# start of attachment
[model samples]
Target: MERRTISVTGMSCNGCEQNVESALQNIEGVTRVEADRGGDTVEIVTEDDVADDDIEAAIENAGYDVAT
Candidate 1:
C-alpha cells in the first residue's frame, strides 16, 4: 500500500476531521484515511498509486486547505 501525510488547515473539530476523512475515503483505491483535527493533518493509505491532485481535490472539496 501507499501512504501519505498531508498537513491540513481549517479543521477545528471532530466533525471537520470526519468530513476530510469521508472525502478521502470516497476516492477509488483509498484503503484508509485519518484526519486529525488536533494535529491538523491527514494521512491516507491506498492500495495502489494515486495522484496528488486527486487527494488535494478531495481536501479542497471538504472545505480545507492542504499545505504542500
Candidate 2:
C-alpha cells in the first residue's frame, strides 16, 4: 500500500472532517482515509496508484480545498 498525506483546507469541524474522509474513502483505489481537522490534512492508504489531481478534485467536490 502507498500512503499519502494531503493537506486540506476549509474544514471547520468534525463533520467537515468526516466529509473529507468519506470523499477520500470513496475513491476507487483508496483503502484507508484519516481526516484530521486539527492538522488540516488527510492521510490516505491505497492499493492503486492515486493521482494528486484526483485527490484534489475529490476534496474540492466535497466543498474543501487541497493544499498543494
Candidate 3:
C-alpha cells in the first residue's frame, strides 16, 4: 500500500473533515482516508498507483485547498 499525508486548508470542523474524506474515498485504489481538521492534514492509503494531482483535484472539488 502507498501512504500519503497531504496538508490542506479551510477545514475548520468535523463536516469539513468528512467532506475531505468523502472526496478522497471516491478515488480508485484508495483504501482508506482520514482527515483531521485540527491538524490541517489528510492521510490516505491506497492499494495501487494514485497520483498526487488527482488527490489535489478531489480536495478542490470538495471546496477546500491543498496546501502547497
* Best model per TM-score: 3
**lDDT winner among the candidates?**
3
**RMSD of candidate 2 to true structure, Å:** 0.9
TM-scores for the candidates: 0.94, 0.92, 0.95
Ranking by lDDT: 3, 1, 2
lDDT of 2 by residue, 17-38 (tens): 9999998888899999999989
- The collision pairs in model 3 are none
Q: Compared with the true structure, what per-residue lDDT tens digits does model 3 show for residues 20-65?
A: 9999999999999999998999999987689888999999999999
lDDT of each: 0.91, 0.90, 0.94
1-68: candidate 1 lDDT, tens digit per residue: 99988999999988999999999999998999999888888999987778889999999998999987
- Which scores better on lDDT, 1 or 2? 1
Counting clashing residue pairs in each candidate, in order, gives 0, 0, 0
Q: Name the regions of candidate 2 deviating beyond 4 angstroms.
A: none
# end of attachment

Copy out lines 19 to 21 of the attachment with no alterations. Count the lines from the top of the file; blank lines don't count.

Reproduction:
lDDT of each: 0.91, 0.90, 0.94
1-68: candidate 1 lDDT, tens digit per residue: 99988999999988999999999999998999999888888999987778889999999998999987
- Which scores better on lDDT, 1 or 2? 1